Scandinavian flint sensu Högberg and Olausson [1] can be regarded as one of the most important materials for prehistoric stone tool production in northwestern and parts of Central Europe. Previous studies have produced promising results for differentiating between several varieties of Scandinavian flint [25]; however, a comprehensive systematic study concerning this issue has not yet been presented. The current study focuses on the systematic characterization and differentiation of Scandinavian flint through the application of the Multi Layered Chert Sourcing Approach (MLA) [6]. This method combines macroscopic (visual), stereomicroscopic and geochemical analyses applying Laser Ablation Inductively Coupled Plasma Mass Spectrometry (LA-ICP-MS) for trace element detection. Multivariate geochemical data are subsequently evaluated by compositional data analysis (CODA) to achieve optimal separation between distinct geological source locations and best group assignment of individual samples to defined sources. The measured geochemical values, typically indicated in parts per unit, percentages, ppm, ppb, etc., have to be considered as raw compositional data (or compositions). Compositions represent “quantitative descriptions of the parts of some whole” [7], thus only conveying relative information. Their sample space is the so-called D-part simplex, also known as Aitchison simplex, for which standard statistical methods are not designed. Thus, compositional data need to be transformed into Euclidean geometry in which statistical methods can operate [7]. This can be best achieved by isometric logratio (ilr) transformation, which preserves all metric properties of compositions [8]. After transformation, discriminant analysis (DA) is applied. Optimal group separation of so-called training data derived from known geological sources can be achieved using Fisher’s linear discriminant analysis (LDA) [9]. The resulting discriminant rules are used for assigning the test data (i.e. the archaeological specimens) to these predefined groups (i.e. training data) [10].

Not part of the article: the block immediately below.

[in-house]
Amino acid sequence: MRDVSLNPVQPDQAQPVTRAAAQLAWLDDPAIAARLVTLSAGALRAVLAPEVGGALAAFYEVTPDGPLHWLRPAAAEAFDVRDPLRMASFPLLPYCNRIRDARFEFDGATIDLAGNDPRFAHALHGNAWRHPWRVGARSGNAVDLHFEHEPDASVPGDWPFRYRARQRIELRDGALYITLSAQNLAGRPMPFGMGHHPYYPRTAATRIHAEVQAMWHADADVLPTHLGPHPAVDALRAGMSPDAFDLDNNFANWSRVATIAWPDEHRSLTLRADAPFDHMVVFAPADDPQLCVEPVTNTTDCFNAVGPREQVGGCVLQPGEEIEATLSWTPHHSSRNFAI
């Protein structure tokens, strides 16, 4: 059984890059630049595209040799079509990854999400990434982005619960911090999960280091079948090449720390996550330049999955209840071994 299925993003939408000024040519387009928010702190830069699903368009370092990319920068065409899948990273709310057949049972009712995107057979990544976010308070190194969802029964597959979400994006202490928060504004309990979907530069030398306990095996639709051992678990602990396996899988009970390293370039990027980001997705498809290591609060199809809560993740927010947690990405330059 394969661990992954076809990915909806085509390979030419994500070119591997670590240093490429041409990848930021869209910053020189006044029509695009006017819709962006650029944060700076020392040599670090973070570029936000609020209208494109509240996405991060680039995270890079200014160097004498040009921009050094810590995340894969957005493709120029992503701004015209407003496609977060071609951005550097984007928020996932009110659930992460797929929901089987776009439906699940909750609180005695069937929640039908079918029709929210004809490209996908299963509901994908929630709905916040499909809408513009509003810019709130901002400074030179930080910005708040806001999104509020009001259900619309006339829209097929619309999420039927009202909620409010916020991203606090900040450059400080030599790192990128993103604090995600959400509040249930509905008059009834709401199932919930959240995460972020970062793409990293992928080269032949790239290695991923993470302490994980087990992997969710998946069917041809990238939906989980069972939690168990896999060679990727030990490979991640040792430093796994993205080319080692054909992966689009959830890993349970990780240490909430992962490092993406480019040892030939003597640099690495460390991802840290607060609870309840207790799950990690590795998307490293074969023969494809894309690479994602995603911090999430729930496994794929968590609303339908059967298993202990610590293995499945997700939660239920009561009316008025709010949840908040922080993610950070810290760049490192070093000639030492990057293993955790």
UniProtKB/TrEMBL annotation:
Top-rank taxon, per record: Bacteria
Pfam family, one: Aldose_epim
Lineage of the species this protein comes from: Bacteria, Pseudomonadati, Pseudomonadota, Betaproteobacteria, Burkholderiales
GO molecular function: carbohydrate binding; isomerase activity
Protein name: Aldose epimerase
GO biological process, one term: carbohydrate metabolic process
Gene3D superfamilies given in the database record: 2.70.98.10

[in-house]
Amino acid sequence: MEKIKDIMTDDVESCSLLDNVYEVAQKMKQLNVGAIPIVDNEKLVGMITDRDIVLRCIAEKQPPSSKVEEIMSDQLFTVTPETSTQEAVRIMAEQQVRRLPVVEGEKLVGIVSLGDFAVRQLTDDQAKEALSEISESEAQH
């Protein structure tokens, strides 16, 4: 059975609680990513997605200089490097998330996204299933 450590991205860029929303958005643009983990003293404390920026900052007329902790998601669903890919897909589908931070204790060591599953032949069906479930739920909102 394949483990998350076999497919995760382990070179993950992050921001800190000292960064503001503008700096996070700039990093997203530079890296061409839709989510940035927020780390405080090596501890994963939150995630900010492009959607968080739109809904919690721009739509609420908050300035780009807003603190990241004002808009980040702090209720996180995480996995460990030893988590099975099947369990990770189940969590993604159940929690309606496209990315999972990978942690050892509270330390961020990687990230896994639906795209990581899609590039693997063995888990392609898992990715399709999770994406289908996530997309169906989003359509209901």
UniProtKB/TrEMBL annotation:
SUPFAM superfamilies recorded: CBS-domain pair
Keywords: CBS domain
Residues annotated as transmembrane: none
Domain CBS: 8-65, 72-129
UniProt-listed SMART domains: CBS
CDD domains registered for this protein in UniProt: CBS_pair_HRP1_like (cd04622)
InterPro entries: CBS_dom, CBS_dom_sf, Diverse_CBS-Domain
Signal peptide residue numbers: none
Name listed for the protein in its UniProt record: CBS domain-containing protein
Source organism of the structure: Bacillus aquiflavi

Flint was an especially coveted raw material due to its exceptional flaking properties and could be procured from three distinct source contexts: From primary deposits by digging through the soft chalk layers which contain flint seams involving partly extensive mining operations, from secondary and sub-primary sources at beach shores around the Baltic and North Sea, and thirdly from glacial deposits extending as far south as Central Germany, Northern Bohemia and Moravia, and southwestern Poland. Thus, flint occurs abundantly in prehistoric Central and Northern European lithic assemblages.